Gary counters more dispensationalism with Bible-based facts. The New Testament lays out a “soon” judgement of Israel, and how it was fulfilled was through the fall of Jerusalem in A.D. 70. Dr. Heidler interprets Preterism as replacement theology, but as Gary explains, there’s not a replacement at all.
Gary debates the dispensational views of Bible prophecy. Dispensational scholars have said the burden of proof is on the preterists, but as Gary demonstrates, it’s quite the other way around.
Most of you don’t get to see the many encouraging emails I get on a daily basis. I tend to comment on the negative ones. (They’re much more fun.) I’m a “the glass-is-half-empty” kind of guy. That way I’m not disappointed if things turn sour. It’s what I expect. The following email was sent to me yesterday. It details how American Vision’s books and articles are having an impact on people around the world. (I’ve been invited to speak to 300 pastors in Kenya.) This is why AV does what it does. Eschatology is a big-issue topic. It comes up everywhere I speak.
“What do you say in response to all of the people saying that you are secretly a friend to hyperpreterists?” — Question submitted by Aduro in The Christian Worldview Forum I am a very visible friend to a number of hyperpreterists. There is nothing secret about it. I am also friends with dispensationalists. I count […]
John MacArthur is preaching series on eschatology that is being broadcast on WLQV, a Detroit, Michigan, radio station this week. Some of this material was published in his 1999 book The Second Coming: Signs of Christ’s Return and the End of the Age. Using a debater’s trick, MacArthur begins his analysis of non-dispensational eschatology by attacking full-preterism. Full-preterists believe that all the New Testament prophetic passages were fulfilled in A.D. 70. Thus, there is no future bodily return of Christ.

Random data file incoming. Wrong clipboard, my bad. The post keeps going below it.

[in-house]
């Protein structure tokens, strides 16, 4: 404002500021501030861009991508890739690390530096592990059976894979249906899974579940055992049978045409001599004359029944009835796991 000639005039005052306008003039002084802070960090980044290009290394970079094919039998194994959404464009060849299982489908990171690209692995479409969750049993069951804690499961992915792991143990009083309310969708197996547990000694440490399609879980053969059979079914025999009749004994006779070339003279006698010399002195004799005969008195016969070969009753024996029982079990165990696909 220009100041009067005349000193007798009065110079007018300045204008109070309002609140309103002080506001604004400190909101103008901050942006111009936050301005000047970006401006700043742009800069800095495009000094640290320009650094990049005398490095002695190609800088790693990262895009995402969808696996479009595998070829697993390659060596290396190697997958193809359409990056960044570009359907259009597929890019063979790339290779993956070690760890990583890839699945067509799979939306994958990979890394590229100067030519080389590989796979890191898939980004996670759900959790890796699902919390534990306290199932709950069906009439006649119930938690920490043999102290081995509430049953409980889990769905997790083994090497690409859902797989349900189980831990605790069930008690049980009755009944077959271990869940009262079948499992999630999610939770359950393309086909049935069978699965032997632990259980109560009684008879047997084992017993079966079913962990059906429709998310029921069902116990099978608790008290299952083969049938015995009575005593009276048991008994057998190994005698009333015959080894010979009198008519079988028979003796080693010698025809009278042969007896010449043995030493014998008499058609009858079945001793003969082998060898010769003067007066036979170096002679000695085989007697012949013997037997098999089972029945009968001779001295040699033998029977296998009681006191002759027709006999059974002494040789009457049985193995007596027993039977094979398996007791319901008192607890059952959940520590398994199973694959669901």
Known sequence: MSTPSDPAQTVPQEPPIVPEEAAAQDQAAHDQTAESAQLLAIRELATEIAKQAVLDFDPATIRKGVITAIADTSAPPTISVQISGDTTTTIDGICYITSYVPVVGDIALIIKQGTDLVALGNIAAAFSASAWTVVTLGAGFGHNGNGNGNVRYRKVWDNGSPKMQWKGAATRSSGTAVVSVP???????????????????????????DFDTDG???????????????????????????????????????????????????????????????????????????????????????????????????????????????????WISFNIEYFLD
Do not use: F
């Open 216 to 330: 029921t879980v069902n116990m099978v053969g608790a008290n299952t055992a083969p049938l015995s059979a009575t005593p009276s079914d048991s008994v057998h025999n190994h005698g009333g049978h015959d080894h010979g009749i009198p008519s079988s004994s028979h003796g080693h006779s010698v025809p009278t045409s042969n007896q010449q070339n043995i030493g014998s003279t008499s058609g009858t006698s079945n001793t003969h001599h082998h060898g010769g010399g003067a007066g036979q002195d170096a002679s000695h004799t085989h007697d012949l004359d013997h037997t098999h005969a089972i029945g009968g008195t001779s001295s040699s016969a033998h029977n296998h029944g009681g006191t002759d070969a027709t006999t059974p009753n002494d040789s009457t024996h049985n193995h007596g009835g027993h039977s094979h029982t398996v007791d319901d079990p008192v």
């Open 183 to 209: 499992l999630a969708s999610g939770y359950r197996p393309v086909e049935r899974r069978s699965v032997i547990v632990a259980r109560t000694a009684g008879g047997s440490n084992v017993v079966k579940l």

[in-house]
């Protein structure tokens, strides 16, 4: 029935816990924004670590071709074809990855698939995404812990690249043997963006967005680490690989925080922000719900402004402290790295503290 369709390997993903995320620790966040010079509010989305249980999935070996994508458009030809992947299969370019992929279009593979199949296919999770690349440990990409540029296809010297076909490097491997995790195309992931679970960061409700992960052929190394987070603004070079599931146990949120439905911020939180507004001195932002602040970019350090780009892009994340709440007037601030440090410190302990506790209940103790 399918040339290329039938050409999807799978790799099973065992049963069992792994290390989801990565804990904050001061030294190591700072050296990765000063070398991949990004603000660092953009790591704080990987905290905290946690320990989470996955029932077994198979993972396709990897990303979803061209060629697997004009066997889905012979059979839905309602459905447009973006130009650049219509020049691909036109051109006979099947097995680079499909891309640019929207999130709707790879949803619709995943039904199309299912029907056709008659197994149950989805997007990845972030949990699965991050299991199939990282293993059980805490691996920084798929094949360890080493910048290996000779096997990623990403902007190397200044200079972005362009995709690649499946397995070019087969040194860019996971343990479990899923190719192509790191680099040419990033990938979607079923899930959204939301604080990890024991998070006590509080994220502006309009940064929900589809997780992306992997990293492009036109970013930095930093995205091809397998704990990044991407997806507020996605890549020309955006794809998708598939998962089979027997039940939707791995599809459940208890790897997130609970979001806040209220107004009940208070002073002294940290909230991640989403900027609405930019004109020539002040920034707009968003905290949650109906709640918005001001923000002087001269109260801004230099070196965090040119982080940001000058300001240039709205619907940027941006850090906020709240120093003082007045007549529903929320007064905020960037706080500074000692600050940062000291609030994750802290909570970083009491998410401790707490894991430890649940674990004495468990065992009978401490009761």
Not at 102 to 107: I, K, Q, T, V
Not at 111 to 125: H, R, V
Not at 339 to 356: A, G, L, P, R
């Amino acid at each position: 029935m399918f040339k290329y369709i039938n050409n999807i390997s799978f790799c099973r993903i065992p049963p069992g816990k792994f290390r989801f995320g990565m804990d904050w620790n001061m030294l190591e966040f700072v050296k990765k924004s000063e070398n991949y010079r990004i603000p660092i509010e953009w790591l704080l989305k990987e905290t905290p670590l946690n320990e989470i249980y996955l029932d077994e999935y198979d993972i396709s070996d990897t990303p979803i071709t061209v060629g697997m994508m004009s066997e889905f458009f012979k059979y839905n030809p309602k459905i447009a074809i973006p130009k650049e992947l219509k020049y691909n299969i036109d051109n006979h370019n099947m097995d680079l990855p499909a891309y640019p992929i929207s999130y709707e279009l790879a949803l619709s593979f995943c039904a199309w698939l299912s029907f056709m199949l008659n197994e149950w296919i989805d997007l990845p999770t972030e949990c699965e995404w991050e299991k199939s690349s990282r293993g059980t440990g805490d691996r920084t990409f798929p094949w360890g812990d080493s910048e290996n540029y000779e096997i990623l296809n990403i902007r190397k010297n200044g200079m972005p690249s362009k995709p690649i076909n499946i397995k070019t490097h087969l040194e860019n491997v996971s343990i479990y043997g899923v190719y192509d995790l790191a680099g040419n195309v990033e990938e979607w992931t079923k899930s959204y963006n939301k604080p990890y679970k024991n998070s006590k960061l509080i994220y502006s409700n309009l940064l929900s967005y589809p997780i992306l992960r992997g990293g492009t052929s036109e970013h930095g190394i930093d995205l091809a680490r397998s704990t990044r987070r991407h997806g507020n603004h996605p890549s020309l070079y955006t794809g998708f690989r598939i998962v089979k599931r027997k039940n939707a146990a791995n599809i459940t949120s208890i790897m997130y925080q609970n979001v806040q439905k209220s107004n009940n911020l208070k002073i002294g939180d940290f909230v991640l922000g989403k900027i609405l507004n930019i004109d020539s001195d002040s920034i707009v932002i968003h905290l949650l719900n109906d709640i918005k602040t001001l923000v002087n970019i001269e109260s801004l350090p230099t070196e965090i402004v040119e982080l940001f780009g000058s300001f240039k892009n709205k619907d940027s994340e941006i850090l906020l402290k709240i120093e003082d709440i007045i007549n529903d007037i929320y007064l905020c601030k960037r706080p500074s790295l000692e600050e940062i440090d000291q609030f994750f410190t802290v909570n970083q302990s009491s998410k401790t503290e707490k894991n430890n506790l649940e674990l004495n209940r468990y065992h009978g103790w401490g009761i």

In 1988, John MacArthur wrote The Gospel According to Jesus, a controversial book in certain circles because he relied heavily on the views of Calvinistic writers to deal with the lordship salvation controversy. My respect for MacArthur grew because he was not afraid to take on those in his own dispensational camp who were teaching "defective theology" about discipleship. The book got rave reviews in Reformed circles even though MacArthur remains "a traditional premillennial dispensationalist.
For 20 years I have been debating the topic of eschatology. It started with Dave Hunt (four debates) after the publication of my book The Reduction of Christianity (co-authored with Peter J. Leithart) and has included debates with Thomas Ice (nine debates), Paige Patterson, Robert L. Thomas, Ed Hindson, John Sweigart, Michael Wechsler, and countless radio shows where callers would rapid-fire questions at me challenging my critique of futurism in particular and dispensationalism in particular. Since 1988, there has been a fundamental shift in the study of Bible prophecy. The failure of the 1948 + 40-year generation scenario, made an article of prophetic faith by Hal Lindsey in The Late Great Planet Earth, contributed to the shift when 1988 passed without a blip or a bump.
Paul N. Benware’s revised and expanded edition of Understanding End Times Prophecy includes a chapter on Preterism.